Greater Androscoggin Humane Society Executive Director Katie Lisnik holds Harlow at the Lewiston shelter Wednesday afternoon where he is recovering from a recent beating. His left eye was so badly damaged it will have to be removed. Russ Dillingham/Sun Journal

LEWISTON — A local teen, accused of swinging a cat by its tail before slamming the animal onto the ground, has been charged with felony cruelty to animals.

Harlow was injured when it was swung by the tail and slammed to the ground in Lewiston last week. Mark LaFlamme/Sun Journal

The 17-year-old was charged with aggravated animal cruelty after a video of him swinging the cat went viral on social media. In the video, shot Nov. 4 on Knox Street, the cat is swung several times by its tail before being slammed onto the pavement.

The abuse of the cat, reported by several people who watched the video, was investigated by Lewiston police and Animal Control Officer Wendell Strout. Because the suspect is considered a minor, officials could release few details about the case against him.

In spite of the violence of the attack, the cat survived. A citizen brought it to the Animal Emergency Clinic where it was treated mainly for head injuries suffered when it was slammed on the ground.

The cat was later moved to the Greater Androscoggin Humane Society on Strawberry Avenue where it quickly became a staff favorite. Shelter workers tentatively named the cat Harlow and at least one shelter worker hopes to adopt him.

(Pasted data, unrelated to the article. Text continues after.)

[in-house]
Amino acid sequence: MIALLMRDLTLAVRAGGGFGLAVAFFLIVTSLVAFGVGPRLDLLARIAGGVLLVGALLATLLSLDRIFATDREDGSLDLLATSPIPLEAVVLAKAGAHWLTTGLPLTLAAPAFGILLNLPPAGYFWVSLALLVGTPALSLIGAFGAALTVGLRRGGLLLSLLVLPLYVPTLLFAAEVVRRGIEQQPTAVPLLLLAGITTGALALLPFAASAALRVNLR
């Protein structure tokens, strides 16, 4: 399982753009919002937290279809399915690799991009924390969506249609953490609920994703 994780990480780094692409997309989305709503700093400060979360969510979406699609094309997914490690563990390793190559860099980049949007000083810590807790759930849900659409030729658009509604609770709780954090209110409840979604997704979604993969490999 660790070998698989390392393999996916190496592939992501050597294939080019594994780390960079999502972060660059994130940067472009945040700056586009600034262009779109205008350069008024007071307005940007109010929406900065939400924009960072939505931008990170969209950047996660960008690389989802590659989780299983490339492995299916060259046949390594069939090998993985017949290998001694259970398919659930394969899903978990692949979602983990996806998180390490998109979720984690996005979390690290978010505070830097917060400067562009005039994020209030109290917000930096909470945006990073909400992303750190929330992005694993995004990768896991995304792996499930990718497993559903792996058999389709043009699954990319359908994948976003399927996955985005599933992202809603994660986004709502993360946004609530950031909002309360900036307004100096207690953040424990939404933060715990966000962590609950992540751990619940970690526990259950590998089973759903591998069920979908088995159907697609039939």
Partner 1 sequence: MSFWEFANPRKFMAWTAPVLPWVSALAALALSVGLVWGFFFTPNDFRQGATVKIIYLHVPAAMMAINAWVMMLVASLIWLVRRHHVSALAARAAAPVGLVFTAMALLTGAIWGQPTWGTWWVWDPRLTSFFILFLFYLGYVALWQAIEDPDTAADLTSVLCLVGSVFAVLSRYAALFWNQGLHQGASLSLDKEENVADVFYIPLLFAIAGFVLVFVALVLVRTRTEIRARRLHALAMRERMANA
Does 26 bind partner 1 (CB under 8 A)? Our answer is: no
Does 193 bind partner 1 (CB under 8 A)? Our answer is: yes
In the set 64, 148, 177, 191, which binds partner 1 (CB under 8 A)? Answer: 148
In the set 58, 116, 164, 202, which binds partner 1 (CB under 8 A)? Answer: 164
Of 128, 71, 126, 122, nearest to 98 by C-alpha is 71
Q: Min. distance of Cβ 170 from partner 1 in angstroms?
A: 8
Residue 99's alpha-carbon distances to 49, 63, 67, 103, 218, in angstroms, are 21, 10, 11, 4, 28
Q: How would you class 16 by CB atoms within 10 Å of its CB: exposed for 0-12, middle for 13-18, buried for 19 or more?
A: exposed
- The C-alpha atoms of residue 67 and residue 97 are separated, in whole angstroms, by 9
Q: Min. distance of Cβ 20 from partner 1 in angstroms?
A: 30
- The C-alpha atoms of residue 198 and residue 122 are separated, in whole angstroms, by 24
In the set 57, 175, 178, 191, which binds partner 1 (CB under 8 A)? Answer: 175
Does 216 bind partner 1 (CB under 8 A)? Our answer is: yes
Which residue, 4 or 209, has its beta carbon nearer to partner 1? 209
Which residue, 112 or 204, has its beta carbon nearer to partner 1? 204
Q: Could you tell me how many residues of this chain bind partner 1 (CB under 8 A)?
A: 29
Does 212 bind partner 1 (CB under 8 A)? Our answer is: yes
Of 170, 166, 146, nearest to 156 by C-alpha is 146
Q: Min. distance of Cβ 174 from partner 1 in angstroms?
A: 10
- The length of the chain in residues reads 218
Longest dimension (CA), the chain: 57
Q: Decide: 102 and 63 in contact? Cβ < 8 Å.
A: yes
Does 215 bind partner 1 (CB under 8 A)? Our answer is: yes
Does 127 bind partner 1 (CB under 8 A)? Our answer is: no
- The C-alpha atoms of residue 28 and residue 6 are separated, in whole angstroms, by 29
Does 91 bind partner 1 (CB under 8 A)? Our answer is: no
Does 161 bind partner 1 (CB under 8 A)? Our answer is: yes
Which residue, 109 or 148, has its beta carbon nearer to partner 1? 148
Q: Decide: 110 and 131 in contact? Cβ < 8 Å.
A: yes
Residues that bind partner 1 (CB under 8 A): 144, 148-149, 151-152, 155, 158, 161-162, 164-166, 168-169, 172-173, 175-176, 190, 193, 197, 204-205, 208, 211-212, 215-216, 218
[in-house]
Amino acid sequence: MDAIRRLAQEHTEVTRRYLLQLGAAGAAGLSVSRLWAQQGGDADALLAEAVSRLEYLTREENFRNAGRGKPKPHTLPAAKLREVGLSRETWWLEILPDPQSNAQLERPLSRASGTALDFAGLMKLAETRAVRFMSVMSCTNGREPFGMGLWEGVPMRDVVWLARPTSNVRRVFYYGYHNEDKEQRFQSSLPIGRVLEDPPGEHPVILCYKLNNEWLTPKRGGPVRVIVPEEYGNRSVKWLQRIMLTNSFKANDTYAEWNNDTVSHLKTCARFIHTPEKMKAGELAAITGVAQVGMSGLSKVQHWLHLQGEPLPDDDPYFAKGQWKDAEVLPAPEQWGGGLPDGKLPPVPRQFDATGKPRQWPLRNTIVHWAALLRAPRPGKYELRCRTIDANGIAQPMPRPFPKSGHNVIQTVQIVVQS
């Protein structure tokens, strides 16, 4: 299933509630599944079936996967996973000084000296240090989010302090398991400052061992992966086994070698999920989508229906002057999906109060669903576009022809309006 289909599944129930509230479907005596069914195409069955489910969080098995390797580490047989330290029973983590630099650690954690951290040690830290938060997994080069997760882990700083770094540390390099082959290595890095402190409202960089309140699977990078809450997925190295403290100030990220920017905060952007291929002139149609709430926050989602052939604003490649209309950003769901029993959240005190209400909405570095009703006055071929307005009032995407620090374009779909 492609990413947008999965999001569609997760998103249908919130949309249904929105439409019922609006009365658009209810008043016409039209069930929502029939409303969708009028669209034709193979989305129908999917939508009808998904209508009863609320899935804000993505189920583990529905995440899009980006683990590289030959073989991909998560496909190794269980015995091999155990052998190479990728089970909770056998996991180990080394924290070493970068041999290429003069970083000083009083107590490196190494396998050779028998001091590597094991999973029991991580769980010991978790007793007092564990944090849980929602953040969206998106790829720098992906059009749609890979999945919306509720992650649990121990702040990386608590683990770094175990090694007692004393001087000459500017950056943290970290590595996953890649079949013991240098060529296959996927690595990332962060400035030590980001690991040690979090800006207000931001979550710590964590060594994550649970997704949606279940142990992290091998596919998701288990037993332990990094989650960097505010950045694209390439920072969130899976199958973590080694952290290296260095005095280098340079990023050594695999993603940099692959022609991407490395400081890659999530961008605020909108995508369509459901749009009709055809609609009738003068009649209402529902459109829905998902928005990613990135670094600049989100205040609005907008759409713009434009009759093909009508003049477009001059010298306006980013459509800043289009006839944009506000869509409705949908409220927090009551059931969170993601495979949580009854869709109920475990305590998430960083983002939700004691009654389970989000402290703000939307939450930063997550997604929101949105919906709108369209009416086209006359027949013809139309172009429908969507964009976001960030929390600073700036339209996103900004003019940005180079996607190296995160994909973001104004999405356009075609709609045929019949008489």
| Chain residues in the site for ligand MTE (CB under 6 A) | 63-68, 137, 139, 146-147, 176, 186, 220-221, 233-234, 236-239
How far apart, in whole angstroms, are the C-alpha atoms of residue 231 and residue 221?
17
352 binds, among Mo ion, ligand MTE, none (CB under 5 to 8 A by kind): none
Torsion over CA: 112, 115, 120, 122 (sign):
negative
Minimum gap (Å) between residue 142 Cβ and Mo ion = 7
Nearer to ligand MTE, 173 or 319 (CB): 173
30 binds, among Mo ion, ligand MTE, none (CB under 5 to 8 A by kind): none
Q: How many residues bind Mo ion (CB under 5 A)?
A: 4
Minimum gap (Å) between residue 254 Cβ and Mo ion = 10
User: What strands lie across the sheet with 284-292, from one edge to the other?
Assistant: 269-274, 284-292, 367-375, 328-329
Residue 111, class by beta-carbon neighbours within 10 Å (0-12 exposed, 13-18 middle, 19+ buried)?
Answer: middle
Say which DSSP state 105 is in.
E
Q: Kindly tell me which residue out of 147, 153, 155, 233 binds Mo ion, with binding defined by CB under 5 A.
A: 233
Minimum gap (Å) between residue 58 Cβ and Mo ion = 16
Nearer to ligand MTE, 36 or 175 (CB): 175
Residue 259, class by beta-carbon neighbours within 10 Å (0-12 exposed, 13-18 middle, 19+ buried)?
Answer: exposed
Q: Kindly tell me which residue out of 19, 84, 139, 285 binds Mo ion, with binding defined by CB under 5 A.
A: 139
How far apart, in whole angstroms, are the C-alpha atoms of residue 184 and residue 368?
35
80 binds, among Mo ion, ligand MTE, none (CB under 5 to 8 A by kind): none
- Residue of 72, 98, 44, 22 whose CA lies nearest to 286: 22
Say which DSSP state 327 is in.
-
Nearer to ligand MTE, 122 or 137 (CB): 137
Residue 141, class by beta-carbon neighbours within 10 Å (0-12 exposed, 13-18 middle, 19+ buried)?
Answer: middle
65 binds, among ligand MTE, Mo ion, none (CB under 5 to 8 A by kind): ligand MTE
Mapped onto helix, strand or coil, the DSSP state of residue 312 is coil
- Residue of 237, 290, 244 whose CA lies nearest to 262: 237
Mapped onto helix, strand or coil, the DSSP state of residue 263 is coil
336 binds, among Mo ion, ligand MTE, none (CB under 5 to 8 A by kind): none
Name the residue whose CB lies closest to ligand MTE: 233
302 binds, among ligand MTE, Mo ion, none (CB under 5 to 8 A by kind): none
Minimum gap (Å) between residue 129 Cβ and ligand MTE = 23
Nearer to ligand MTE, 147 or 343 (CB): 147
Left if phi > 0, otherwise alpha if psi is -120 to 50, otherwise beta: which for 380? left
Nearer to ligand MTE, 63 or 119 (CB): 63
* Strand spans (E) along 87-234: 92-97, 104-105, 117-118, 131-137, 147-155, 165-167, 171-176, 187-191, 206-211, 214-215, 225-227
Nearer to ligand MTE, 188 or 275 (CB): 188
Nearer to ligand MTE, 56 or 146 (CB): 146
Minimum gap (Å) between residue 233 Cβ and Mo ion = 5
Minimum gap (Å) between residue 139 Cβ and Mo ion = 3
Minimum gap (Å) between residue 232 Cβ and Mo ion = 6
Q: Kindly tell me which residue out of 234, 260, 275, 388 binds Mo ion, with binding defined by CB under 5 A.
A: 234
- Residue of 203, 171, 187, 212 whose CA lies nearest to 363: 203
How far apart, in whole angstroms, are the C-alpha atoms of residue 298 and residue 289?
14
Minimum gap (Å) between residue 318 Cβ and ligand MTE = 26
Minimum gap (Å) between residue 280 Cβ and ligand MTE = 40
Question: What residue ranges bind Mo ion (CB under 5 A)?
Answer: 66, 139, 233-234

The cat is a male believed to be less than a year old. It is black with white on its paws and around its neck. Shelter director Katie Lisnik said the cat will likely lose one eye as a result of head trauma, but the animal has responded very well to affection and does not seem timid around people.


“He just loves to cuddle,” Lisnik said. “He just wants to be on you.”

On Wednesday, the cat was napping inside a carrier box and did not appear intimidated when a stranger leaned in to take a photo. It yawned, stretched and rolled into a ball for a nap.

Harlow suffered no broken bones when it was thrown to the ground, Lisnik said, which was a surprise to those who have seen the video. On Thursday, the animal will undergo further surgery on one eye which was damaged in the attack.

At the Humane Society, Lisnik said cases of flagrant abuse, like that which injured Harlow, are not common.

“Which makes it all the more shocking when it does happen,” she said. “But I think Mainers overall are incredibly compassionate with dogs, cats and other companion animals.”

Lisnik said she has talked with Mayor Carl Sheline and others about the case. The general feeling, she said, is gratitude that Strout and Lewiston police were able to track down the suspect and charge him appropriately.


By late Wednesday afternoon, the video of the cat being abused was still up on several Facebook pages. On each page, the video was followed by dozens of angry comments from people demanding justice for the cat now known as Harlow.

“I would not recommend anyone watch this,” one local woman said of the video. “It’s disgusting.”

“Makes me sick to my stomach,” said another.

According to Lisnik, other than the eye issue, Harlow is expected to make a full recovery.

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